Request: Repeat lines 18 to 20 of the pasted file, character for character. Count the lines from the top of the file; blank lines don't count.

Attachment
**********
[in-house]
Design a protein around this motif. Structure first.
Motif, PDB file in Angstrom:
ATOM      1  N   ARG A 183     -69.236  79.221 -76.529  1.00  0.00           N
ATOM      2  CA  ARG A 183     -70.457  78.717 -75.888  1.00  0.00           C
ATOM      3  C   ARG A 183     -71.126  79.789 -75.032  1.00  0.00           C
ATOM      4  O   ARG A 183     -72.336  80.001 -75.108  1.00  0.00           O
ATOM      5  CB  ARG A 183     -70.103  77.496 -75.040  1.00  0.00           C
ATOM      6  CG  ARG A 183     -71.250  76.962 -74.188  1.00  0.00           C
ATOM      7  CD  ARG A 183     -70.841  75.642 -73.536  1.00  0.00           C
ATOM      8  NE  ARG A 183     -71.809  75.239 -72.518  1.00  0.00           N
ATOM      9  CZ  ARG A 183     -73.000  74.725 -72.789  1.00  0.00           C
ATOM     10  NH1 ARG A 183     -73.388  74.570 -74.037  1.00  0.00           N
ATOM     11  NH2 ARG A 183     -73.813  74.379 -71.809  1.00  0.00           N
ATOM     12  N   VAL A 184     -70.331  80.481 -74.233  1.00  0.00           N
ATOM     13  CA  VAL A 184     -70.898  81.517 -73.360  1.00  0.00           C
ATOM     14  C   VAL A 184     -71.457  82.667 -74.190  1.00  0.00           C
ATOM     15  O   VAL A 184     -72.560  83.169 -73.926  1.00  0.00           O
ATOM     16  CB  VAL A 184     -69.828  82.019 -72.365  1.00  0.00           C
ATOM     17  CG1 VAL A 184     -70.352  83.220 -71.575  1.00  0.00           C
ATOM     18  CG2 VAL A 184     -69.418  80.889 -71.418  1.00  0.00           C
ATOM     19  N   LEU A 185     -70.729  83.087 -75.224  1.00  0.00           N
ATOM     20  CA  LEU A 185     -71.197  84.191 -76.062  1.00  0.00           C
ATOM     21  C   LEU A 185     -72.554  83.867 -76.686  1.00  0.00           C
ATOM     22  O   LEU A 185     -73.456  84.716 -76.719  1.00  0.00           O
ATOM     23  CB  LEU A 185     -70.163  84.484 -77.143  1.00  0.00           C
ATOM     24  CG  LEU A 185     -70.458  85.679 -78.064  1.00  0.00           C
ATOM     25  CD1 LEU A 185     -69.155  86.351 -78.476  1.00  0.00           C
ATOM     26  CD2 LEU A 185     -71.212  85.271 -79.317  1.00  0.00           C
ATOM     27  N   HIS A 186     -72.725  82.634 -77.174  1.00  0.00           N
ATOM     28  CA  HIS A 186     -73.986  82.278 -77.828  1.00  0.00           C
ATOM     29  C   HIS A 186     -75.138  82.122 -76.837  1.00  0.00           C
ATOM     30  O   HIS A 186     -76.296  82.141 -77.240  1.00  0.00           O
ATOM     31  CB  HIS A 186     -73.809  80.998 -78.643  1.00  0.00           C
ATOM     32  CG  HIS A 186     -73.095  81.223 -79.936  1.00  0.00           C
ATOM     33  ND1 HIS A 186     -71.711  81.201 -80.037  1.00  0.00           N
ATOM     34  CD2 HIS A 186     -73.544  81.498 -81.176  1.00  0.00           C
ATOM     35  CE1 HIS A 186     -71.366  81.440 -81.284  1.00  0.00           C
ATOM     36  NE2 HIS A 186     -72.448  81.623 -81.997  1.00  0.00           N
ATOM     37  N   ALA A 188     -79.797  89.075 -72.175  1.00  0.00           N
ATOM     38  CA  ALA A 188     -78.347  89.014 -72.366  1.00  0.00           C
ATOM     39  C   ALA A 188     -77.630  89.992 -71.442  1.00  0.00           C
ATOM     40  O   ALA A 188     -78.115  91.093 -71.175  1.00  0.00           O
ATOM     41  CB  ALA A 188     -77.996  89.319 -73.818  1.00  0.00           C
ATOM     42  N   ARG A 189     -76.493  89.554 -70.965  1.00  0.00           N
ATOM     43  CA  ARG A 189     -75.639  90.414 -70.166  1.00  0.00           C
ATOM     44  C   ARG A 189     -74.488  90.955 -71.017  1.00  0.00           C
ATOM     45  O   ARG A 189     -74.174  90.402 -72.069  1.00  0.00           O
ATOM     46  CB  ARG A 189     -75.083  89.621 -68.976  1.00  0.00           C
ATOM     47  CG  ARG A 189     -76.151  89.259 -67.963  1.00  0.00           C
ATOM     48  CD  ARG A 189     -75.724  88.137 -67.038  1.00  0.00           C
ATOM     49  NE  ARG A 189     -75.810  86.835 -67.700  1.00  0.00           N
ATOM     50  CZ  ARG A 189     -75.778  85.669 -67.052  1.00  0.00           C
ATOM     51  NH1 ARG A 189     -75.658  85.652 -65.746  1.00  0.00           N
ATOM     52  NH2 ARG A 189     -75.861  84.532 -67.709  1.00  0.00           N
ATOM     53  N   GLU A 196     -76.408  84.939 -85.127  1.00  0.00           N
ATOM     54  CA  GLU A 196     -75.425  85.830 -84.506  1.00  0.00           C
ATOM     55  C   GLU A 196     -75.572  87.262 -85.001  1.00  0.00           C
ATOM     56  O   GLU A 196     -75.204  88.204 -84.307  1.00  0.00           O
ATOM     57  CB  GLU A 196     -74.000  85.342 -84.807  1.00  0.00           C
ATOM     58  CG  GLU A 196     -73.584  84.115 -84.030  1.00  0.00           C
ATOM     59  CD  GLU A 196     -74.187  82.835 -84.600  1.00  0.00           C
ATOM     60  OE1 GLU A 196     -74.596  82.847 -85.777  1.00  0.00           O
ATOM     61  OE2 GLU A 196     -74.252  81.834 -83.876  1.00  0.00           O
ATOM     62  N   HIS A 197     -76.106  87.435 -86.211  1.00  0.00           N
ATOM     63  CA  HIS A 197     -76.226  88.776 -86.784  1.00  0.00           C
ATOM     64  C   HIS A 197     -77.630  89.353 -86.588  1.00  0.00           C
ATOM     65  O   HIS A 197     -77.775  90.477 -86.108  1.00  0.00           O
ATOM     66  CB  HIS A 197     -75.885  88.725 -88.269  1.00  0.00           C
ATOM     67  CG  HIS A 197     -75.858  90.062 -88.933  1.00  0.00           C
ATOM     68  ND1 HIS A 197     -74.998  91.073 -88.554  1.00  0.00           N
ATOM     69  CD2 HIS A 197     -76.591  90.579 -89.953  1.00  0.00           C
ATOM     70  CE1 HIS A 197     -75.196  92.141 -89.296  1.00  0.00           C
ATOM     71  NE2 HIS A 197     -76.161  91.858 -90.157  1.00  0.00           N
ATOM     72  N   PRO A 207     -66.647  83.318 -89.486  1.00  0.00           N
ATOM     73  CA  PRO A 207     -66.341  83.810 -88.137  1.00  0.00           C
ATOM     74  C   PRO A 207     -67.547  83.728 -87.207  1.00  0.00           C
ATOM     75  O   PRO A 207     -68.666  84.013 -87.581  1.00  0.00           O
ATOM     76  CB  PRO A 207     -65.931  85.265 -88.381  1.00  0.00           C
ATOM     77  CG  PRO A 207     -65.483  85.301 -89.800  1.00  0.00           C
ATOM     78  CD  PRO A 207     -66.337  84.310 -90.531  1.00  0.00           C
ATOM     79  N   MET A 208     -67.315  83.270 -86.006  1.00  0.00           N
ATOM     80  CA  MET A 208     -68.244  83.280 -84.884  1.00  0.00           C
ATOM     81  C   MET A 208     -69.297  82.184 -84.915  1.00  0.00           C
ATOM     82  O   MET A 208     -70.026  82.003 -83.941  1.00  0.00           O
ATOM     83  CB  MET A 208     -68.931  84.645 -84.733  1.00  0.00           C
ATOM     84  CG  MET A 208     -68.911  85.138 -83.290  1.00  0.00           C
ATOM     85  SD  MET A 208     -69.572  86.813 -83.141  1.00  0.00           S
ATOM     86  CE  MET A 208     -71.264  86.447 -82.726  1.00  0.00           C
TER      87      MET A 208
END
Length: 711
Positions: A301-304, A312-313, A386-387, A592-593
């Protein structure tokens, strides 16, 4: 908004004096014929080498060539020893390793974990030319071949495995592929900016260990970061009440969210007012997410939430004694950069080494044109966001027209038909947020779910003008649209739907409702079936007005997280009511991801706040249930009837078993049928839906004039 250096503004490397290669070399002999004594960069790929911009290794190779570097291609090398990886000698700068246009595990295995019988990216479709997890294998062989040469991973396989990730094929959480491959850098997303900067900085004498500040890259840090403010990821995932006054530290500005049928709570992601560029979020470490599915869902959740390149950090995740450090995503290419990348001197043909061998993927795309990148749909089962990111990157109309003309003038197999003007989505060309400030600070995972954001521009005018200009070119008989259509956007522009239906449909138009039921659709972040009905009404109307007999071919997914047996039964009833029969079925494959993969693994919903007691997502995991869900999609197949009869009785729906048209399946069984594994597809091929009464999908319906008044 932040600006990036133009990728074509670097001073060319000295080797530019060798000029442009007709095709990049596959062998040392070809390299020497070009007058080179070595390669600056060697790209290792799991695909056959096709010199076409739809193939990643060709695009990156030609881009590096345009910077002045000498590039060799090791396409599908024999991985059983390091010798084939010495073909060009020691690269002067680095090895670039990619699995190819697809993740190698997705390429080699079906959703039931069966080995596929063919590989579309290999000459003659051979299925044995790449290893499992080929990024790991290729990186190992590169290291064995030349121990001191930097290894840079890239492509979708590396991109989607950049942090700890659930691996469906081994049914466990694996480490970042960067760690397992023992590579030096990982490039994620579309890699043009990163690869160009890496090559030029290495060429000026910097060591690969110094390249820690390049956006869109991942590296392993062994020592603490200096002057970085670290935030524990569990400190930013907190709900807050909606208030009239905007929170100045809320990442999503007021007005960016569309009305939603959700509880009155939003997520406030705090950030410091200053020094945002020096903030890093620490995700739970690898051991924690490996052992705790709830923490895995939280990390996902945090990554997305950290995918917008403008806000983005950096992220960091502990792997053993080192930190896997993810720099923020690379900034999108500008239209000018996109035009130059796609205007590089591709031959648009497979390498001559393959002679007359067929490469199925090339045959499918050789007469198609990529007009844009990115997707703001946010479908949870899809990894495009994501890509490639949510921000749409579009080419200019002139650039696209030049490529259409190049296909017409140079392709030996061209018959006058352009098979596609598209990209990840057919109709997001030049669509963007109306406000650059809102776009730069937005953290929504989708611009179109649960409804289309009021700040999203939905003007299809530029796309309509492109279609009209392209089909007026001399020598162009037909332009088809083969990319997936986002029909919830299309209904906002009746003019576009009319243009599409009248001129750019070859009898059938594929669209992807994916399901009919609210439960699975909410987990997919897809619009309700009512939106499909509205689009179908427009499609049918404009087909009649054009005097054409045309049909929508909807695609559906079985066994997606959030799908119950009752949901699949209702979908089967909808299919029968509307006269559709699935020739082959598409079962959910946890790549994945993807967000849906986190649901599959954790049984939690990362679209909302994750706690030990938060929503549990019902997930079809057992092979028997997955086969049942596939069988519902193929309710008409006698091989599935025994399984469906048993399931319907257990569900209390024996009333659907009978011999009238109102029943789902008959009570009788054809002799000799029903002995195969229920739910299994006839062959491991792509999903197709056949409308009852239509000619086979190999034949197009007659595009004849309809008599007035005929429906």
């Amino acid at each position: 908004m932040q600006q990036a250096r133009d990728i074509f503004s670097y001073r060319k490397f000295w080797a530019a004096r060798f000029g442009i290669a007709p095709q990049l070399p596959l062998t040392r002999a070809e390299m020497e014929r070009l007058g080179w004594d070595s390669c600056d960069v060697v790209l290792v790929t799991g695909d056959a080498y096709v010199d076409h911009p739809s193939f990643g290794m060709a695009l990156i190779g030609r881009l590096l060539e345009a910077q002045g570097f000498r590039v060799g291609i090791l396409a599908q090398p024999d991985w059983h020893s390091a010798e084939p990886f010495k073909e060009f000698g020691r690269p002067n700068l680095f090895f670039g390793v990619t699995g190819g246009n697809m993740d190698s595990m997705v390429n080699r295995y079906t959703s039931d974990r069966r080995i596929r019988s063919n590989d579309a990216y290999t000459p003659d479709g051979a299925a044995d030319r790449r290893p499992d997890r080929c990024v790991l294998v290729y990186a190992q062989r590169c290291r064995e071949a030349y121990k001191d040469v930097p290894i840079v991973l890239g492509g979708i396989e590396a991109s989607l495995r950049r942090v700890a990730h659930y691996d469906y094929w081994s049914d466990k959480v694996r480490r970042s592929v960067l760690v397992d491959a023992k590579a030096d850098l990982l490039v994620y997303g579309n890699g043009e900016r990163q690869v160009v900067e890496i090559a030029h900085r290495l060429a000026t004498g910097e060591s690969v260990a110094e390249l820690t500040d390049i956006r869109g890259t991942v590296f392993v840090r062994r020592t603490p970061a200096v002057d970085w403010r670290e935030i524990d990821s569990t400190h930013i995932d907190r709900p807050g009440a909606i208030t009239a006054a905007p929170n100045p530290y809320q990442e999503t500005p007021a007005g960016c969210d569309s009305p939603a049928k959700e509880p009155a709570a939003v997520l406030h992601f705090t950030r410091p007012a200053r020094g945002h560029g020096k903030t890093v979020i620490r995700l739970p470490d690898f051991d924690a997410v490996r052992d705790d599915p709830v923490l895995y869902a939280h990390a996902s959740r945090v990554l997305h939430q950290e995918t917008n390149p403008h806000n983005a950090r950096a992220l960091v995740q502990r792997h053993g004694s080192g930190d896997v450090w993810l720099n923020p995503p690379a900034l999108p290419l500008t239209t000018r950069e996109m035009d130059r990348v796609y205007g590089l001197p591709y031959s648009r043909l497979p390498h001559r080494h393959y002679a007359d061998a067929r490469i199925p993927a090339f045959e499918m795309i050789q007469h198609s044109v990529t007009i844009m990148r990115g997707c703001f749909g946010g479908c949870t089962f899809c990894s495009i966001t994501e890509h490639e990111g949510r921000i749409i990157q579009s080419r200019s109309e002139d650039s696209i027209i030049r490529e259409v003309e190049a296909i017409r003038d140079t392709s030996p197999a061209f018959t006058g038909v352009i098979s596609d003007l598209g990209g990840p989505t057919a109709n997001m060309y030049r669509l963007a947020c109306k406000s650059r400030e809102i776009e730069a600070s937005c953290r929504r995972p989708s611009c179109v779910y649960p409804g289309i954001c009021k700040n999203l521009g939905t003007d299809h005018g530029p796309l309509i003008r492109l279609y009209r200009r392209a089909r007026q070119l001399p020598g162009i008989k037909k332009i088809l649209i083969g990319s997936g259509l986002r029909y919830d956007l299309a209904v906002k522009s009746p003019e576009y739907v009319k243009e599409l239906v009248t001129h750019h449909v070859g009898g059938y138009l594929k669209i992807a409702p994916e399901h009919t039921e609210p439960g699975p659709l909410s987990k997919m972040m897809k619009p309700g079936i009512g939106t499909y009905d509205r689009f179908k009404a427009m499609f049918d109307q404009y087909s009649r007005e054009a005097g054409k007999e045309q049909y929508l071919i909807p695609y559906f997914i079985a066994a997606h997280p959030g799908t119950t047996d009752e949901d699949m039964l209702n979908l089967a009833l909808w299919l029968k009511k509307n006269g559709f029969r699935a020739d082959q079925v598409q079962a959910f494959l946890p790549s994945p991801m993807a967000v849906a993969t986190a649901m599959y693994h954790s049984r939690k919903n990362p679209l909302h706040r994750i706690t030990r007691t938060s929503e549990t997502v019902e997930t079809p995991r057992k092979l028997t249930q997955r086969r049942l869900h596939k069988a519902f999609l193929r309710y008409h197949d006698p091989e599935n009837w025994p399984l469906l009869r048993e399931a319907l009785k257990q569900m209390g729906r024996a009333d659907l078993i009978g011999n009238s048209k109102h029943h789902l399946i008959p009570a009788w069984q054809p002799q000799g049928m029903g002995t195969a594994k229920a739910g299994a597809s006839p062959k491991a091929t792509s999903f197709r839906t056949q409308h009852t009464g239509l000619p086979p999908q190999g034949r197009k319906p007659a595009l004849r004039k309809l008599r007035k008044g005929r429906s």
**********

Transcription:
ATOM     15  O   VAL A 184     -72.560  83.169 -73.926  1.00  0.00           O
ATOM     16  CB  VAL A 184     -69.828  82.019 -72.365  1.00  0.00           C
ATOM     17  CG1 VAL A 184     -70.352  83.220 -71.575  1.00  0.00           C